‘Caregiver compensation’ for Utahns with disabilities, however the cash might run out

SALT LAKE CITY – An idea born out of the COVID-19 pandemic has helped hundreds of families with a loved one with a disability, but now funding threatens to run out.

The “care allowance”, which gives a family member a small amount of money to stay at home and care for someone, was funded by the state until the end of August. But it depends on the federal government granting a Medicaid waiver and approving the use of funds from the American Rescue Plan Act to maintain it beyond that.

It’s a blessing for families who use the money.

Lisa Thornton, whose daughter Kate Prader-Willi has syndrome, used the caregiver compensation to stay at home and take care of her. In the COVID-19 pandemic, Kate was unable to bring health workers home or go to any type of group home due to concerns about the spread of the virus. Kate needs 24-hour care, her mother said.

“Just having the continuity of care that I can be home and take care of her makes her happier, it made her calmer. Nobody knows her better than I do and so it was a great opportunity,” Lisa said in one Interview with FOX 13.

The Utah State Legislature created a “care allowance” when it passed law that allows spouses to receive money to care for their loved ones. The state gets a Medicaid exemption from the federal government.

But the Utah Department of Human Services has now expanded caregiver compensation to help fund siblings, parents, and other family caregivers.

“The origins really are in the pandemic. Parents had concerns about sending their families in groups or even having caregivers come in,” said Angie Pinna, executive director of the Utah Division of Services for People with Disabilities.

It’s not exactly what lawmakers intended, but Senator Wayne Harper, R-Taylorsville, said he was okay with his bill being expanded to cover this. After using it successfully in this way, he wants to expand it permanently.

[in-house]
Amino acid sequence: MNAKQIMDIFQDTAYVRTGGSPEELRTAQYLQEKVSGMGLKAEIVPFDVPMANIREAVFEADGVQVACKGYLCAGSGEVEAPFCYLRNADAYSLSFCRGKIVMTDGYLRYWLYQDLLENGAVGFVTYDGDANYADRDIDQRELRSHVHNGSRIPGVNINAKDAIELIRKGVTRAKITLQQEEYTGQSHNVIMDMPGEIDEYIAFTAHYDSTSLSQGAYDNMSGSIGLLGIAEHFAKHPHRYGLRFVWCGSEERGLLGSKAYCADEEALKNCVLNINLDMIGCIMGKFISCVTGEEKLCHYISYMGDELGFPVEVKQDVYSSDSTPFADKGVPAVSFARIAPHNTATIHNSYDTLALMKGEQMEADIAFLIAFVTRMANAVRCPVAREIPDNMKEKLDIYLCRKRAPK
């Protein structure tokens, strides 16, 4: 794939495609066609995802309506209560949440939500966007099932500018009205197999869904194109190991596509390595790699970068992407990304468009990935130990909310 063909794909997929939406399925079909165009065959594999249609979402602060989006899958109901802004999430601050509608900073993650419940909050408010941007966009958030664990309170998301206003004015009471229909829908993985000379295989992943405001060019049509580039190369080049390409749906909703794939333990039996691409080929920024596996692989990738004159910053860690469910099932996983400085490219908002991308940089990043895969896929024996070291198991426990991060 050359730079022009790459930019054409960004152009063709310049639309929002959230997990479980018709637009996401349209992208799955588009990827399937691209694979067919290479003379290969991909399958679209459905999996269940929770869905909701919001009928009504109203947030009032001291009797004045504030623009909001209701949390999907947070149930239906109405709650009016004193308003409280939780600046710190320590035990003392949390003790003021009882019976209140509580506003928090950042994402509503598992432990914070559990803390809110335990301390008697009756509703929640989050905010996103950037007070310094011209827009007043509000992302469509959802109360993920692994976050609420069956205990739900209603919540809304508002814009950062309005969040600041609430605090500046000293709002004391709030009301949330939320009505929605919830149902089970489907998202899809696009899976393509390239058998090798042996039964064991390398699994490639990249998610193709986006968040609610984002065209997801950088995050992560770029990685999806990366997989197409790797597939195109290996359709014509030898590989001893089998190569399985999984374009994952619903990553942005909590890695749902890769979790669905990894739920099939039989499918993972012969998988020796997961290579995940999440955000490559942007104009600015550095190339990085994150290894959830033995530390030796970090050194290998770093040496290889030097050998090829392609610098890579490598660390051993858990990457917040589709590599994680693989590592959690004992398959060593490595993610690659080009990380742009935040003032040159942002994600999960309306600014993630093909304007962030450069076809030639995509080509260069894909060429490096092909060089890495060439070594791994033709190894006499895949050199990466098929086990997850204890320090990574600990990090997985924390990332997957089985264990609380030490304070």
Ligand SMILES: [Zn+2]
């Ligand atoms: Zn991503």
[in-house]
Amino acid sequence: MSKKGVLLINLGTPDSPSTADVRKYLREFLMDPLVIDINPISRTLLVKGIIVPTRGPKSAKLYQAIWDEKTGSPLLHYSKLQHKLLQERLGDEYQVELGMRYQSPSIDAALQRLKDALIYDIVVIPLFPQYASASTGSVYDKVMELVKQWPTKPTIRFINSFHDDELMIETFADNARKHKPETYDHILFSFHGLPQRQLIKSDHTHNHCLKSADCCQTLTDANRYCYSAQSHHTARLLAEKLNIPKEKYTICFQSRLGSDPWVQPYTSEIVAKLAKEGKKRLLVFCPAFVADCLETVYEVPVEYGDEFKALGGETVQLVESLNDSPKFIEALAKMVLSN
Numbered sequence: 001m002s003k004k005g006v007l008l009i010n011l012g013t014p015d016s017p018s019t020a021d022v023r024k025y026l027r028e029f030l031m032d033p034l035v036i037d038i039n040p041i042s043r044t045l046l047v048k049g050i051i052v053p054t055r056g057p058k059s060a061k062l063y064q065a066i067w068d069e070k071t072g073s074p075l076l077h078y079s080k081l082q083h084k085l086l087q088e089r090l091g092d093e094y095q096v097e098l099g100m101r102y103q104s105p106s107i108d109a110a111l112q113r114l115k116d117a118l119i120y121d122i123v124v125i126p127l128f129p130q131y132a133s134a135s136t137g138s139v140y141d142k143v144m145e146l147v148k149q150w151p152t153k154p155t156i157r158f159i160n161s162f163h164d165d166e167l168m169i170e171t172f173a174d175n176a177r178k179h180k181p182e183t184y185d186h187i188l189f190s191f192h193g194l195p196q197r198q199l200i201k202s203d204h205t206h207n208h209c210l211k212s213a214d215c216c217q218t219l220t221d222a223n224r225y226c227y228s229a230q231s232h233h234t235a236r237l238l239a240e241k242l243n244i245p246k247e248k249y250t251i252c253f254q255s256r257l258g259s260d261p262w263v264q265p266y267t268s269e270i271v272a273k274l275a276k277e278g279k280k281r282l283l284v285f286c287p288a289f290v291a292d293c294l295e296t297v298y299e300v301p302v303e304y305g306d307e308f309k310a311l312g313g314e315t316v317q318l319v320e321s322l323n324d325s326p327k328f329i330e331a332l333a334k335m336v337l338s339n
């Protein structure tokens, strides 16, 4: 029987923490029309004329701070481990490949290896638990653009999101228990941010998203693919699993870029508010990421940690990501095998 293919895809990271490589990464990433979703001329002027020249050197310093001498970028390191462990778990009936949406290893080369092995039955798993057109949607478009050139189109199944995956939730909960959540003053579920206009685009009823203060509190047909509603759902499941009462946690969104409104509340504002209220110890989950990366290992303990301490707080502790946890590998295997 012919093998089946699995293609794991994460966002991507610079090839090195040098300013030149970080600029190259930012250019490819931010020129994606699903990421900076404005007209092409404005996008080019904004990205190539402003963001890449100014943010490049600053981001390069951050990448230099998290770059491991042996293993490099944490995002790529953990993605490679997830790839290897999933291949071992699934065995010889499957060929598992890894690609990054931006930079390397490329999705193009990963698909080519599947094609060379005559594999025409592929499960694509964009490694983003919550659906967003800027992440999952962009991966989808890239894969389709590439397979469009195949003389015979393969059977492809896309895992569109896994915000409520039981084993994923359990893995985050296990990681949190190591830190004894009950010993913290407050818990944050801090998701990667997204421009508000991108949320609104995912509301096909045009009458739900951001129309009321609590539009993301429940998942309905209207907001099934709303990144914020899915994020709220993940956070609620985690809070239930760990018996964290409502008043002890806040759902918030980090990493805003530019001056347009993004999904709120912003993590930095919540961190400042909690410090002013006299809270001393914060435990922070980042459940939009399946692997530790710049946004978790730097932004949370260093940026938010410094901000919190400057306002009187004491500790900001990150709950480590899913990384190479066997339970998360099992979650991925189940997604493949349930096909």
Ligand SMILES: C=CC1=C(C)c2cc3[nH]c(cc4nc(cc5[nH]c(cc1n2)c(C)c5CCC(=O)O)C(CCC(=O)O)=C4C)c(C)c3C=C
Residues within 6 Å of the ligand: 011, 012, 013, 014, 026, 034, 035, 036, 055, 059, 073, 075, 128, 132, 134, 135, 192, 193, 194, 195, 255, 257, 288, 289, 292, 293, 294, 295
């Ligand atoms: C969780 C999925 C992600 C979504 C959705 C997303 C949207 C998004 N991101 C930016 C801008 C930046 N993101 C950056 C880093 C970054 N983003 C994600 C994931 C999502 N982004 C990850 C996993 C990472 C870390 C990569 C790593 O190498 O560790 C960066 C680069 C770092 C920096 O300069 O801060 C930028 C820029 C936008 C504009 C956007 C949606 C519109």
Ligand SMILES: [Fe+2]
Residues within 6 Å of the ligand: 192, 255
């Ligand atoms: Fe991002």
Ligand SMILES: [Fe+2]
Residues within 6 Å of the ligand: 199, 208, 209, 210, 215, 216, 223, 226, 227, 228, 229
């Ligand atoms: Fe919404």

“It has been used very, very well and appropriately,” he said.

In order to expand it permanently, the state would have to raise up to 60 million dollars. You can get a Medicaid exemption in exchange for dollars equivalent, Senator Harper said, but they are waiting.

At the moment, caregiver compensation has cost the state approximately $ 22 million. There are 442 families in the program, each receiving approximately $ 2,372 per month in compensation for approximately 26 hours per week.

Senator Harper said that without the Medicaid waiver and permanent enlargement legislation, some Utah families could be cut off. He plans laws to expand the program but may have to start small and not cover all of them right away.

“Overall, the feedback we have received from the families we use has been very positive,” Pinna told FOX 13.

Lisa Thornton said she urged people to turn to their lawmakers to support the program.

“These kids are so tough. We can’t do it alone,” she said. “We need help and we don’t want to put her in an institution. It would cost the state hundreds of thousands more to have Kate in an institution than to keep her at home.”

Kids and Cash: A Widespread Financial savings Program for Individuals with Disabilities [Column] | Cash

ABLE is growing rapidly.

Five years after its introduction, the ABLEnow savings program has reached a so-called milestone. Currently accounts in all 50 states and some in the District of Columbia hold over $ 100 million in assets for over 12,000 account holders.

It’s not as poor as a tax-friendly savings program for the disabled that isn’t as well known as its cousin, the 529 University Savings Plan.